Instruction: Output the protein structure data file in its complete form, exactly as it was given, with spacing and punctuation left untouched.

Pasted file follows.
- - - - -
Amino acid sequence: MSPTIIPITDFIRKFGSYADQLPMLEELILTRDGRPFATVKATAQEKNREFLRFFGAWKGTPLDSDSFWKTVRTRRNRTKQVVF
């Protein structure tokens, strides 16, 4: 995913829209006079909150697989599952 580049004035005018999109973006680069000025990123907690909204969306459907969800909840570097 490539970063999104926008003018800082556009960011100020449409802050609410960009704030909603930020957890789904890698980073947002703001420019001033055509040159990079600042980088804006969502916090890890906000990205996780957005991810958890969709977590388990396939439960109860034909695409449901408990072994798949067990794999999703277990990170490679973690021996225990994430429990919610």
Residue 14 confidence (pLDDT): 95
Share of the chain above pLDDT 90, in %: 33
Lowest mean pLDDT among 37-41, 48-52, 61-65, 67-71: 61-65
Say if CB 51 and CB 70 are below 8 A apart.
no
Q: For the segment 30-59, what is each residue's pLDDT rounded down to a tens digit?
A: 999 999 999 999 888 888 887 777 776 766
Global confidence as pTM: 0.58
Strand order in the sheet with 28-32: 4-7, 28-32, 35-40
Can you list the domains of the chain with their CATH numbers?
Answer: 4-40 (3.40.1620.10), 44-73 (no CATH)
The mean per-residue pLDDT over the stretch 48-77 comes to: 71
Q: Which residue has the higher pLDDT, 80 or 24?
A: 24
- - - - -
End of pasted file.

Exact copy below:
Amino acid sequence: MSPTIIPITDFIRKFGSYADQLPMLEELILTRDGRPFATVKATAQEKNREFLRFFGAWKGTPLDSDSFWKTVRTRRNRTKQVVF
């Protein structure tokens, strides 16, 4: 995913829209006079909150697989599952 580049004035005018999109973006680069000025990123907690909204969306459907969800909840570097 490539970063999104926008003018800082556009960011100020449409802050609410960009704030909603930020957890789904890698980073947002703001420019001033055509040159990079600042980088804006969502916090890890906000990205996780957005991810958890969709977590388990396939439960109860034909695409449901408990072994798949067990794999999703277990990170490679973690021996225990994430429990919610």
Residue 14 confidence (pLDDT): 95
Share of the chain above pLDDT 90, in %: 33
Lowest mean pLDDT among 37-41, 48-52, 61-65, 67-71: 61-65
Say if CB 51 and CB 70 are below 8 A apart.
no
Q: For the segment 30-59, what is each residue's pLDDT rounded down to a tens digit?
A: 999 999 999 999 888 888 887 777 776 766
Global confidence as pTM: 0.58
Strand order in the sheet with 28-32: 4-7, 28-32, 35-40
Can you list the domains of the chain with their CATH numbers?
Answer: 4-40 (3.40.1620.10), 44-73 (no CATH)
The mean per-residue pLDDT over the stretch 48-77 comes to: 71
Q: Which residue has the higher pLDDT, 80 or 24?
A: 24